I wonder how Eddie Goddard will get on at the war? It is nice and plucky of him to go but aren’t Mr and Mrs Goddard dreadfully cut up abut it? Why doesn’t that cowardly little Ronald go and try to be of some use in the world? I think all loafers ought to be compelled to go. It would be a case of kill or cure and would prove if they have any pluck at all. Our Ceylon contingent leaves next Thursday and as we are in Colombo that day we hope we may see them off. They are sending 120 and they had no end of applications, ever so many more than they wanted. They are cavalry, so were obliged to ride well.

We had cocoa for ‘early tea’ this morning and used Walter Lovett’s silver jug. It looks awfully nice on the table. The ‘boy’ likes to have everything nice, and is very pleased when I give him out new things, but I have not got out much at present. He always makes the table look very pretty for breakfast and dinner, with lots of flowers. We’re using Miss Willis’ table centre for breakfast and Lucy Greenwood’s for dinner at present. Well, I must finish this up as the ‘boy’ is going to take it when he goes. Will you ask Amy to tell Florence that her photo came on Monday and thank her very much for it and the frame. I have not time to write to her this week, if she won’t mind only having a message.

Lots of love and kisses to everybody from Mab.

Mabel Gillespy!! It sounds so funny, doesn’t it?

Letter from George


Jan 24/00

My dear Amy

I have owed you a letter for a long time past, and now I have left it so late that I have only time for a few lines. I have received my marching orders to proceed to a mud hut in the jungle abut 240 miles from Colombo. Fortunately the place we are going to is a healthy one on the whole and we shall have the additional arrangement of a two storied bungalow which is a great thing in any tropical place healthy or otherwise. The journey is by coach or water but our launch is just now out of order so we can’t go by the latter this time, so Mab will have the new sensation of an 8 or 9 hour journey by coach broken by an hour and a half at a place for breakfast. I am afraid she will find it more tiring than a train but it will be quite new to her and more exciting. She had her first experience of a tropical thunderstorm tonight. There was one quite startling clap which made us jump out of our skins. It is unusual this time of year but the rain was welcome as we were getting dried up.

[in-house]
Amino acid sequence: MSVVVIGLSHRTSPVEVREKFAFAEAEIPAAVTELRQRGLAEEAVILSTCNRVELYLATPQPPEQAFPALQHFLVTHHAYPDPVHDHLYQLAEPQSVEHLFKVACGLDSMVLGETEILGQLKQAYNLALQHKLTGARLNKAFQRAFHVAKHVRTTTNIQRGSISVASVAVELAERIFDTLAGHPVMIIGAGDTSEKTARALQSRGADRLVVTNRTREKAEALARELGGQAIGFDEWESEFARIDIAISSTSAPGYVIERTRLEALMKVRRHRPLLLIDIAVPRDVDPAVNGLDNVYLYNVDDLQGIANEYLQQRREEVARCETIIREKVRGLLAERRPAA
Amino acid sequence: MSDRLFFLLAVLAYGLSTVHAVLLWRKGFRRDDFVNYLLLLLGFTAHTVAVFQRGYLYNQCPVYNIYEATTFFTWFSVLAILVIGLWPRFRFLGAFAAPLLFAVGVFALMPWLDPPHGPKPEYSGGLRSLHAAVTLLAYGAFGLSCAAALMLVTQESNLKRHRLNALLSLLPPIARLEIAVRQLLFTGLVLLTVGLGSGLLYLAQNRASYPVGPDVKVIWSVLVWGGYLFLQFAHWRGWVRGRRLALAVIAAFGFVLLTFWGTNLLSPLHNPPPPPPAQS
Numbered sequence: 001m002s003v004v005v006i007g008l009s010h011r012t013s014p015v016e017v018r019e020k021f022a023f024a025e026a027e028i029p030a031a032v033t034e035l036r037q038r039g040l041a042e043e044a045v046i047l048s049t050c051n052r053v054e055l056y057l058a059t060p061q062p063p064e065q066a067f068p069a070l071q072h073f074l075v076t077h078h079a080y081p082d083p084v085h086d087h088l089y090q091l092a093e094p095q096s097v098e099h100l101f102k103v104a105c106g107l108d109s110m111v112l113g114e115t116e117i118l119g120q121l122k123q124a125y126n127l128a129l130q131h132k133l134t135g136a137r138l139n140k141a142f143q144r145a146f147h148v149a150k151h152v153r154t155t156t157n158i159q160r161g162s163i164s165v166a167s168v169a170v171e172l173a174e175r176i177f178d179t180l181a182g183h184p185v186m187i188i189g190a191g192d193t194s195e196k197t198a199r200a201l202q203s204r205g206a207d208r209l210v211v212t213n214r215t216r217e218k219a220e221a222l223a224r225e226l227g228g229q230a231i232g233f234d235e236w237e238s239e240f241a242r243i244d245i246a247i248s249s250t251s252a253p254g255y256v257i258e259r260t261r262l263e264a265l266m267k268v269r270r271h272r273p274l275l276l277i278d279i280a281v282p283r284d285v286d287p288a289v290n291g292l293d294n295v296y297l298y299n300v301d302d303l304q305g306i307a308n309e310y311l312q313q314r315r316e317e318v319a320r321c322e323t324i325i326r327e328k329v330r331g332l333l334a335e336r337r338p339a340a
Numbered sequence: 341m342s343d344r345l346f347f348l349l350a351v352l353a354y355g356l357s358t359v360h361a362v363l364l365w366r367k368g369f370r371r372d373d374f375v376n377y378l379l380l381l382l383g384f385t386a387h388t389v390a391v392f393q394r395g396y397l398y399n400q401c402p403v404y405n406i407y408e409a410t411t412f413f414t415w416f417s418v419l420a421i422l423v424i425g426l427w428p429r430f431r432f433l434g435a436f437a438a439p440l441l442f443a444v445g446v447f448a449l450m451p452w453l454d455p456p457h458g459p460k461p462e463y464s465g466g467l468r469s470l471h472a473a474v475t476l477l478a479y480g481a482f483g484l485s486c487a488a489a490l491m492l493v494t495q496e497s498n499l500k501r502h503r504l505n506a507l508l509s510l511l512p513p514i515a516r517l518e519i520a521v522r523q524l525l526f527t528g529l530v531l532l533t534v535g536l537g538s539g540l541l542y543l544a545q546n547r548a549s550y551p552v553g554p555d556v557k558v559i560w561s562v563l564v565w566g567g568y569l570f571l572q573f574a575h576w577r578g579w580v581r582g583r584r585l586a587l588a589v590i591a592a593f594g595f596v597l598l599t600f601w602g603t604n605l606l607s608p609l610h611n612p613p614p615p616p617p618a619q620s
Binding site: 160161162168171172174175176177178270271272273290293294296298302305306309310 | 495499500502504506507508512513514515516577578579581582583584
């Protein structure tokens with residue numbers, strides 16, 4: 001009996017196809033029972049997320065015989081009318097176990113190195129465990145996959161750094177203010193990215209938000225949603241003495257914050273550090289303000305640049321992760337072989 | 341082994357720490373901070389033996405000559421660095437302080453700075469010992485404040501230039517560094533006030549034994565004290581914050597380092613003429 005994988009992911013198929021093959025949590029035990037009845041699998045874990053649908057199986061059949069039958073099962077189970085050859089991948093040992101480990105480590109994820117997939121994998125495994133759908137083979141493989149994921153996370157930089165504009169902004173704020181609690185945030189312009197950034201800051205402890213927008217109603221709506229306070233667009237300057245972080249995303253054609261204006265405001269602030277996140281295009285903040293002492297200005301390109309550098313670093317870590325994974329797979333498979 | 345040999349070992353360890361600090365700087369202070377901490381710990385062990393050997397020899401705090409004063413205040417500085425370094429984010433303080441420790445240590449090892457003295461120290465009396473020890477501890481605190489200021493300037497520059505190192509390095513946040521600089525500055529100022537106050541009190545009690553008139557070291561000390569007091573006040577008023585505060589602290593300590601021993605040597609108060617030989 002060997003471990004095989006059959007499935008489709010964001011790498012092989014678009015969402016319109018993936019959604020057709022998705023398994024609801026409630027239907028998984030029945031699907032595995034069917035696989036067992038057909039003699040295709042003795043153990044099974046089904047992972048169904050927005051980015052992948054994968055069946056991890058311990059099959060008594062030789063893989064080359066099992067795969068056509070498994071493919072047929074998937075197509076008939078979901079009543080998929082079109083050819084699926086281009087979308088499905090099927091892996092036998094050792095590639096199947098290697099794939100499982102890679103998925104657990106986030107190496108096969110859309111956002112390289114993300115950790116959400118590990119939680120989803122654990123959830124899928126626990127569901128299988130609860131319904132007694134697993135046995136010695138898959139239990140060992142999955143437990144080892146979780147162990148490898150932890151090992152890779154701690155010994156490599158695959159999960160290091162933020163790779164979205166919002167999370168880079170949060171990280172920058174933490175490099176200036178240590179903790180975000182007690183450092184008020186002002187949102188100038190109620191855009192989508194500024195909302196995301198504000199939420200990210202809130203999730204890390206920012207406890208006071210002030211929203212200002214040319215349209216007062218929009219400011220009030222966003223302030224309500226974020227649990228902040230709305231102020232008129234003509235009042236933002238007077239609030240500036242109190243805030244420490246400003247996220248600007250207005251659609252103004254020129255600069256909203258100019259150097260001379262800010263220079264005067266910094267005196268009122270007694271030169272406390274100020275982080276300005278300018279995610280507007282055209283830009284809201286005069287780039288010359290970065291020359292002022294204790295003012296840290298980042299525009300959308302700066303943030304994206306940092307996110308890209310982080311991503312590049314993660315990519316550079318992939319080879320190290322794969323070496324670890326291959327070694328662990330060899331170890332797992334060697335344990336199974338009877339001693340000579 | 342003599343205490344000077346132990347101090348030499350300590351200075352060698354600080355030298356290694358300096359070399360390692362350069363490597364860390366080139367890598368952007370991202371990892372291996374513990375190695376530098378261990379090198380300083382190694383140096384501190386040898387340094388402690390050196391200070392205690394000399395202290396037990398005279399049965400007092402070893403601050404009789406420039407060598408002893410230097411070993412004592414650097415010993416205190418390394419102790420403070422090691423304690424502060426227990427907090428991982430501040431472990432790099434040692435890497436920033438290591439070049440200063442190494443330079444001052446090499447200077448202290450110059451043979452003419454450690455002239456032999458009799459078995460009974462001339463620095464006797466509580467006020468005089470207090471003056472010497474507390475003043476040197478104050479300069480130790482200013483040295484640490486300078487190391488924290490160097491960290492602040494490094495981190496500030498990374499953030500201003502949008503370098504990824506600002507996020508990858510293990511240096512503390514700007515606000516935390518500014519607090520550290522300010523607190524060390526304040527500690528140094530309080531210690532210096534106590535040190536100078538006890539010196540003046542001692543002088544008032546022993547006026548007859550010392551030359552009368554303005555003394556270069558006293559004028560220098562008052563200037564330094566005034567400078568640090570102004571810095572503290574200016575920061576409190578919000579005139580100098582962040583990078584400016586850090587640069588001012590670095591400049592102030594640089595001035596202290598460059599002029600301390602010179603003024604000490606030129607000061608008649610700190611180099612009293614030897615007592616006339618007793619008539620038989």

Mab doesn’t seem to feel the heat very much though the days have been somewhat close of late. We have games of tennis and badminton nearly every evening. There is no court at Horekelly but I must set to work and make one when we get there. The house there as I said is a two storied one, two rooms below with a verandah in front and two rooms above with a verandah also. The verandahs are of course wide ones and the upper one will be a useful sitting ‘room’ if I may so call it. One of the lower rooms is now used as an office but I hope to build another office and then we can use both rooms. The house faces the canal which runs past the mill. It is a fairly deep cutting and the banks are lined with trees and other vegetation. It is rather pretty.

The soil is all sand and opposite the house on the other side of the canal – and the road which runs by the side of the canal – is a large coconut estate, one of the oldest in the district with tall trees, so tall that you can’t see the trunks unless you look up and that has a monotonous effect as there is no colour of course on the coconut palms except at the top. There are coconuts near the house but they are all young ones. Then there is a bridge built of iron. There is a waterway all the way to Colombo partly canal and partly natural streams or lagoons and the same beyond Horekelly for miles up the coast.

The mail goes out this morning. It is settled that we leave Veyangoda next Wednesday, stay in Colombo probably at the Grand Oriental Hotel for two days and go down to Horekelly on Friday. I believe Mab gave you our future address.

℅ Orient Co Ltd
Horekelly Mills

We shall not be very badly off there as we shall see one or two Europeans now and then which is more than we do here and of course a member of the Colombo staff will be up once a month and stay at the bungalow. There is also a doctor fairly close, in fact very close as distance goes in Ceylon, only about 1 1/2 or 2 miles I think.